Conventional plastics – what are the problems?
Conventional plastics are heavily relied on for modern living; their durability, versatility, and low weight and cost, means they are used in everything from food packaging to circuit boards. However, these same beneficial properties provide significant challenges to both disposal of waste and the search for replacement materials. The chemical structure of the most common plastics, such as polyethylene (PE), polypropylene (PP) and polystyrene, comprise strong C-C bond links, requiring thousands of years to fully degrade. When disposed of improperly, plastics persist in the natural environment, creating vast amounts of plastic pollution. A notable example being the Great Pacific Garbage Patch, floating at the ocean’s surface between Hawaii and California and comprising more than 80,000 tonnes of plastic, it spans an area three times the size of France – a number which has been increasing exponentially from the 1970s.
Exacerbating this problem is the fact that current plastic consumption is mostly single use, for example, in 2016, 480 billion plastic bottles were bought, equating to a million bottles a minute. The problems associated with improper plastic disposal include toxicity to sea surface feeders, entanglement of wildlife, bioaccumulation of plastic chemicals and micro plastic particles in the food chain, and the economic costs of environmental damage to marine and land ecosystems. However, disposal of plastics is not the only problem. Conventional plastics are petroleum derived, and therefore associated with a high carbon footprint, contributing to global warming.
The need for viable alternatives to conventional plastics is clear. However, creating alternatives with comparable material properties which can be both produced and disposed of in a sustainable way, sets a high bar for research.
Bioplastics – a solution?
The term bioplastic defines any polymeric material that is derived from a renewable biomass source, such as starch, food waste, and vegetable oils. Bioplastics may not necessarily biodegrade faster than petrochemically-derived analogues but the by-products they produce are non-toxic and environmentally benign. While bioplastics have the potential to tackle many of the problems associated with petrochemically-derived plastics, they may still persist in the environment for considerable periods of time and can be equally pervasive if disposed of improperly.
While the environmental issues associated with plastic have been widely covered in recent news, research into bioplastics has in fact been ongoing for decades. Potential replacement materials are known already, including synthetic bioplastics where monomers are derived from biomass and subsequently polymerised to form polymers, for example polyhydroxyalkanoates and the PET replacement, polyethylene furandicarboxylate (PEF), in addition to polymers derived from the valorisation of biomass where lignocellulosic material is processed to produce thermoplastics. The growing interest in bioplastics is reflected in a steady increase in the number of patent applications; from 500 applications in 1999 to around 7000 applications in 2016, including from companies such as Natureworks and Corbion. However, the high cost associated with producing these materials, in addition to insufficient material properties, has inhibited the wide spread penetration of these materials into the commodity plastics market.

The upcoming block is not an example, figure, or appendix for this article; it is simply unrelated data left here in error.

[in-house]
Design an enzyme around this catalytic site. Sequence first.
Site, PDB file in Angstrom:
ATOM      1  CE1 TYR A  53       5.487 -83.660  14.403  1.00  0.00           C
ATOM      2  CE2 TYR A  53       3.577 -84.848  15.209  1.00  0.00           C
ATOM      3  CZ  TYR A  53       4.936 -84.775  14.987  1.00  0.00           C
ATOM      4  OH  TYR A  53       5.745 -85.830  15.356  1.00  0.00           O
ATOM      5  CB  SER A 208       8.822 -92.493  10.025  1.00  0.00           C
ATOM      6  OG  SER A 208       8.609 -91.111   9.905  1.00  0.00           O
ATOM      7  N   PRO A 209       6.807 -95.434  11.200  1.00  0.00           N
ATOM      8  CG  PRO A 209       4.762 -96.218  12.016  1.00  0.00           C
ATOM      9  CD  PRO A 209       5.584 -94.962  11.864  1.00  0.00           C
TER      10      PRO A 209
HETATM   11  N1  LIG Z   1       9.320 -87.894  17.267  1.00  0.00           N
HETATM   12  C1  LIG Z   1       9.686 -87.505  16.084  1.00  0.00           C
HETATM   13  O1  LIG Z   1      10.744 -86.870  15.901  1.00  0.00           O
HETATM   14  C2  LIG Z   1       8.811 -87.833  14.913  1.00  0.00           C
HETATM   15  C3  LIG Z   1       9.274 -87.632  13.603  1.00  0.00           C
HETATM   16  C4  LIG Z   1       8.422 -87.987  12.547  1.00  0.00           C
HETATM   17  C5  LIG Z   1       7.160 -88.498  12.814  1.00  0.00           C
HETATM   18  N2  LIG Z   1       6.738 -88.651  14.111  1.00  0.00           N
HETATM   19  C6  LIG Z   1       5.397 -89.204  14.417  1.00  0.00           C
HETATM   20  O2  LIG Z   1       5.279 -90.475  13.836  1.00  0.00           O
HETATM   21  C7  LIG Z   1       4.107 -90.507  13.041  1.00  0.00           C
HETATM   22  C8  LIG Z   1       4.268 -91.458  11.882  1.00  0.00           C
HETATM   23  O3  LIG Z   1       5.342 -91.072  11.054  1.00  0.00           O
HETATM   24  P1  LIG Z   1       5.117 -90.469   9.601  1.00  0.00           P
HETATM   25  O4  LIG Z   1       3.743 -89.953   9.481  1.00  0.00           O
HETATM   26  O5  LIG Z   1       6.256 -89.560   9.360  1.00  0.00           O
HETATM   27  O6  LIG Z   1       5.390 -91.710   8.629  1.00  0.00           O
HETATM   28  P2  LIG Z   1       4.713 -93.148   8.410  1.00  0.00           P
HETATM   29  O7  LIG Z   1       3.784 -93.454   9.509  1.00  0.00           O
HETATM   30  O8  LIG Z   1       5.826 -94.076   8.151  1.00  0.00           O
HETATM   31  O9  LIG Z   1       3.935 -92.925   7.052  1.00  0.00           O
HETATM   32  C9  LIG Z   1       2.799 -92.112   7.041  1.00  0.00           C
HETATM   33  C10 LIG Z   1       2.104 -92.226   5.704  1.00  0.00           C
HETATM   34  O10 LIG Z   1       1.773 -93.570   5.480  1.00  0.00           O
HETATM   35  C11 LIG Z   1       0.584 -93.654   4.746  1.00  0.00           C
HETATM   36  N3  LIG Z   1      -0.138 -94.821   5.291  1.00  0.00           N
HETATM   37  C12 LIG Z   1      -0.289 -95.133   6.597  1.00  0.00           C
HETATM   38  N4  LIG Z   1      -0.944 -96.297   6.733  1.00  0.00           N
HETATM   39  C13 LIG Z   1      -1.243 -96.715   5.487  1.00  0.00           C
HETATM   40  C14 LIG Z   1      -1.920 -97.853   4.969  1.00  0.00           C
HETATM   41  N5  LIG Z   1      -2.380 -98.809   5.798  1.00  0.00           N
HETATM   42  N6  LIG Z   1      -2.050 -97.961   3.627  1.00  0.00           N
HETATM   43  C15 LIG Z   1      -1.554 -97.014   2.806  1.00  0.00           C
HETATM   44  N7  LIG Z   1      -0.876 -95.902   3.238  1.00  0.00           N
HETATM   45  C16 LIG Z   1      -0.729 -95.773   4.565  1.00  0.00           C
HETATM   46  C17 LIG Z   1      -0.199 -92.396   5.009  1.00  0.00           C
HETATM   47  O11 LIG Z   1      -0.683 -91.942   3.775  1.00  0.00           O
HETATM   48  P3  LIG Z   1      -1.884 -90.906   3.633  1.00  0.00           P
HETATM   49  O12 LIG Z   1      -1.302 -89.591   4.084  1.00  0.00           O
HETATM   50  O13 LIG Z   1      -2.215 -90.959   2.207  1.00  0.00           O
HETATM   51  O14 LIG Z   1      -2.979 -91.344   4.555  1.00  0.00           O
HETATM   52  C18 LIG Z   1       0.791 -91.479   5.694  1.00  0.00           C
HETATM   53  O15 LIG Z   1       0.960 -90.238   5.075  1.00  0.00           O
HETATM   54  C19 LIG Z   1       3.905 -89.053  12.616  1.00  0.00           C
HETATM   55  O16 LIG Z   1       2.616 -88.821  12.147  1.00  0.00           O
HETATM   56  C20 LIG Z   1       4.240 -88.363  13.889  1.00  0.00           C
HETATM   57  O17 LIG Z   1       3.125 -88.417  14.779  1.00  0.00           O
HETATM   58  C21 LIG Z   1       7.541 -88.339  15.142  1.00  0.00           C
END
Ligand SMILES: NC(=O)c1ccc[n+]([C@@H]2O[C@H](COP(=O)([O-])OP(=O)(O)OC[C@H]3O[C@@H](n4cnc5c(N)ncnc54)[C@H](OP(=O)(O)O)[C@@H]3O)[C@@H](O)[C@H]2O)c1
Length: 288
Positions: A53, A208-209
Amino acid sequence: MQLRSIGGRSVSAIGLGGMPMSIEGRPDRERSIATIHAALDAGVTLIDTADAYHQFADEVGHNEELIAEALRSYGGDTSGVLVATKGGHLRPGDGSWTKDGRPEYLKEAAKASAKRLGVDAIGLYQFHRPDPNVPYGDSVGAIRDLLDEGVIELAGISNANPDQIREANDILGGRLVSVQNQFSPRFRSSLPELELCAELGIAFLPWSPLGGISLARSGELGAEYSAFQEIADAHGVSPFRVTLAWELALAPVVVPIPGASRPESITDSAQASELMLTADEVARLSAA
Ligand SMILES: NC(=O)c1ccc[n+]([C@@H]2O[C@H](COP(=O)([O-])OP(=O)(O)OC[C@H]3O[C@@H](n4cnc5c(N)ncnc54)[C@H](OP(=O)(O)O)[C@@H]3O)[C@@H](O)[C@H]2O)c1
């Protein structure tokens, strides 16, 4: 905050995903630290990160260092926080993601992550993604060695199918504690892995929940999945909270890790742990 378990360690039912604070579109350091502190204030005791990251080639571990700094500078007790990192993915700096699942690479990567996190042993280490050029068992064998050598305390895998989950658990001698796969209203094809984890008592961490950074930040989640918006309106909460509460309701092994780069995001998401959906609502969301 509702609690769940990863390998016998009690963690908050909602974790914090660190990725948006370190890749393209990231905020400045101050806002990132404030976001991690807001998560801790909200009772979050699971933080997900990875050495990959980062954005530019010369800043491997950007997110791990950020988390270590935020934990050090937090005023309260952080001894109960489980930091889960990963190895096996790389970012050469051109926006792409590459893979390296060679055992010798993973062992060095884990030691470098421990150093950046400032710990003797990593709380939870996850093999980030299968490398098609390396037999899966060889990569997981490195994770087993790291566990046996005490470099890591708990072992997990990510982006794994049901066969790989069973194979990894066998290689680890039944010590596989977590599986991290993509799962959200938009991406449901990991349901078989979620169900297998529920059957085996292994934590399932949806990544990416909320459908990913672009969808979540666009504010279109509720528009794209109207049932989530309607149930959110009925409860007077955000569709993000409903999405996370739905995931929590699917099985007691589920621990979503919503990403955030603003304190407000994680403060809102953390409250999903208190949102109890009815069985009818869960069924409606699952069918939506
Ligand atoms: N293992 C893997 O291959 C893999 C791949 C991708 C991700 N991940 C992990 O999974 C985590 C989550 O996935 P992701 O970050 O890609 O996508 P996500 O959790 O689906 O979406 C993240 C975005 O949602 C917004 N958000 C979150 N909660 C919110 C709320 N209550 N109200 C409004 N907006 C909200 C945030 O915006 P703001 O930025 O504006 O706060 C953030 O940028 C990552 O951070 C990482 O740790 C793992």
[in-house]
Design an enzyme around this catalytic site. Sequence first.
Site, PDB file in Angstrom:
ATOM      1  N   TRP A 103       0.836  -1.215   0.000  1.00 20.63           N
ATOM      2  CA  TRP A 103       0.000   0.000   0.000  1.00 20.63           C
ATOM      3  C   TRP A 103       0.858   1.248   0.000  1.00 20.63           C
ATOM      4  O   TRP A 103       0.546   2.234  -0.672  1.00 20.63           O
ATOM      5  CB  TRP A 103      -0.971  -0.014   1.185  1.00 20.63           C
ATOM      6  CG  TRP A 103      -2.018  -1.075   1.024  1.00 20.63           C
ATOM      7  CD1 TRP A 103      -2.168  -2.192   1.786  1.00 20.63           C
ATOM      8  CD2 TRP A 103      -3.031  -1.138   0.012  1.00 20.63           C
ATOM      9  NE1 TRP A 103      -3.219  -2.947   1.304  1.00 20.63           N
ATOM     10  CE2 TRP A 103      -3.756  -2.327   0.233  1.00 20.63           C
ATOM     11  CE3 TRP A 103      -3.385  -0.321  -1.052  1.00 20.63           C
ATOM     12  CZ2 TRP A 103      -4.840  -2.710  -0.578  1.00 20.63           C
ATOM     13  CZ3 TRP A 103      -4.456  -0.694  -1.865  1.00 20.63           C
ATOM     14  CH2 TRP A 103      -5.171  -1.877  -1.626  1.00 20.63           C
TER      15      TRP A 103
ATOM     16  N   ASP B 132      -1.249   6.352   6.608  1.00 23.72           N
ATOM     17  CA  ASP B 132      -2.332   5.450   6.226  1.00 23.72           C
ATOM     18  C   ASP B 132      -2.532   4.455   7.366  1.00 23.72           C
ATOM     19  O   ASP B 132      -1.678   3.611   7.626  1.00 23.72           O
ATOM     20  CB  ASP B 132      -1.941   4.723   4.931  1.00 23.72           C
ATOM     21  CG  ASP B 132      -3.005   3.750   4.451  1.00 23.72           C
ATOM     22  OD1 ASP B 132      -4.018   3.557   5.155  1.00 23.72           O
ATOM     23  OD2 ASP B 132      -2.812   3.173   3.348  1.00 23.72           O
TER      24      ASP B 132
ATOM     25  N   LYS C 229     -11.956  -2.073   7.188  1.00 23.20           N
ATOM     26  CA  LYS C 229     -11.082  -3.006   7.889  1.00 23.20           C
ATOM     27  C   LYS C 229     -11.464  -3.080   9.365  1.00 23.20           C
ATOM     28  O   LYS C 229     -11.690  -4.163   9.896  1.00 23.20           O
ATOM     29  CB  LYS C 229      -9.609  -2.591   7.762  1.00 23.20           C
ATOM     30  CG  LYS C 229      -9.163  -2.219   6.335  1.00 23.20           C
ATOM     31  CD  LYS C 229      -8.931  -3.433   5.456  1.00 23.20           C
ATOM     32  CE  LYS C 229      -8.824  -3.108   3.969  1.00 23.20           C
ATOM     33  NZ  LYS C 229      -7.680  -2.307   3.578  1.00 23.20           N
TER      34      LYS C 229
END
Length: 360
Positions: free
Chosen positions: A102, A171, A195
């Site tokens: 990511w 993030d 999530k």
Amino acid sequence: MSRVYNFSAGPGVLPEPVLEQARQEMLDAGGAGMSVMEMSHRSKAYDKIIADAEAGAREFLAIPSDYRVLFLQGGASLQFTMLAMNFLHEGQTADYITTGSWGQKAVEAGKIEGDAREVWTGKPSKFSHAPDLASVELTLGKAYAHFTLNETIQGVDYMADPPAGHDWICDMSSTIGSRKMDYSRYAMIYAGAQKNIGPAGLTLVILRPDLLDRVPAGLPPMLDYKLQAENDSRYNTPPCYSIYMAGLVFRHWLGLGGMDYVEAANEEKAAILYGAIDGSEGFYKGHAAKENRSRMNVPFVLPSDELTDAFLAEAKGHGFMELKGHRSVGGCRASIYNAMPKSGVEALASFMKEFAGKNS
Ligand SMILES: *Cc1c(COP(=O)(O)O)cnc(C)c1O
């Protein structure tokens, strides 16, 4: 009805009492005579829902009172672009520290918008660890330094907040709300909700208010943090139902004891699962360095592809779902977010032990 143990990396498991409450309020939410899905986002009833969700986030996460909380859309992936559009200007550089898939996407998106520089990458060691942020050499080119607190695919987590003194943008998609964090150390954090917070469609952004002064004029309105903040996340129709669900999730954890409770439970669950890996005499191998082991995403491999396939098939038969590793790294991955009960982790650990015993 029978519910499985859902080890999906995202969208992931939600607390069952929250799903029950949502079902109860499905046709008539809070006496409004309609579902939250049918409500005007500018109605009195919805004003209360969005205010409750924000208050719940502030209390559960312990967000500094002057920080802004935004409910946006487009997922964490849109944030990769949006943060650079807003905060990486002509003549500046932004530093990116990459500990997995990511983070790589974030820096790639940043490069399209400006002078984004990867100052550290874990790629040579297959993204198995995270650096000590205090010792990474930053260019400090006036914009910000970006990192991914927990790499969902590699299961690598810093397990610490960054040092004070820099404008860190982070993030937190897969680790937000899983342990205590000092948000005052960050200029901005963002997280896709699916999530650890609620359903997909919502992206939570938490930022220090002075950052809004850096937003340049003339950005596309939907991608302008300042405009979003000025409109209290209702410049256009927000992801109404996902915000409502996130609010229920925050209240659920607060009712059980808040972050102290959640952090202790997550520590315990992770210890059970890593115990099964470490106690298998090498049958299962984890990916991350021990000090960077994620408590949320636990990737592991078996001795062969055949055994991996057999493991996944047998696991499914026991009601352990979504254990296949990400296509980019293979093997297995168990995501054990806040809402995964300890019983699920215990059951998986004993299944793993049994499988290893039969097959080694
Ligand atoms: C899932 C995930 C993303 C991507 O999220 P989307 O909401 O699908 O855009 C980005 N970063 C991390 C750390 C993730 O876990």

One bioplastic that has received significant attention is polylactic acid (PLA), an aliphatic polyester produced from lactic acid monomers. The monomers are derived from the fermentation of carbohydrates, in a method similar to that which occurs in the body, and conversely can be enzymatically broken down, firstly into soluble oligomers and then CO2 and H2O. PLA’s position as one of the leading bioplastics is evident in the increasing number of patent applications directed towards this material, from 350 in 1999 to 3300 in 2016.
The production of high molecular weight PLA was first patented by DuPont in 1954, utilising ring-opening polymerisation of the cyclic dimer (lactide). The resulting polymers were found to have good mechanical properties and have fast rates of biodegradation. As a result, PLA has found utility in medical applications, such as bioabsorbable sutures, orthopaedic devices, and drug-delivery applications. However, the high costs associated with the production of PLA, which requires temperatures in excess of 200 °C and volatilisation steps, has restricted its use to high-end applications. Furthermore, additives are often required to provide the required properties for certain common applications such as barrier properties suitable for food packaging applications. Consequently, PLA production is still relatively small (ca. 200,000 tonnes in 2014 compared to 350 million tonnes of plastic in total produced globally in 2017), a number which reflects the relative penetration of all bioplastics into the commodity plastics market.
What comes next?
An example of a more recent advance in sustainable polymer technology is poly(diketonenamine) (PDK). Whilst not a biopolymer, per se, PDK is a new material capable of reversible polymerization, giving it the potential to provide a plastic with minimal environmental impact. Researchers at Berkeley Lab in the USA discovered that PDK can be depolymerised to their monomers with the simple addition of an acid and then easily separated from the other chemical additives (for example, those added to improve material properties, such as flexibility).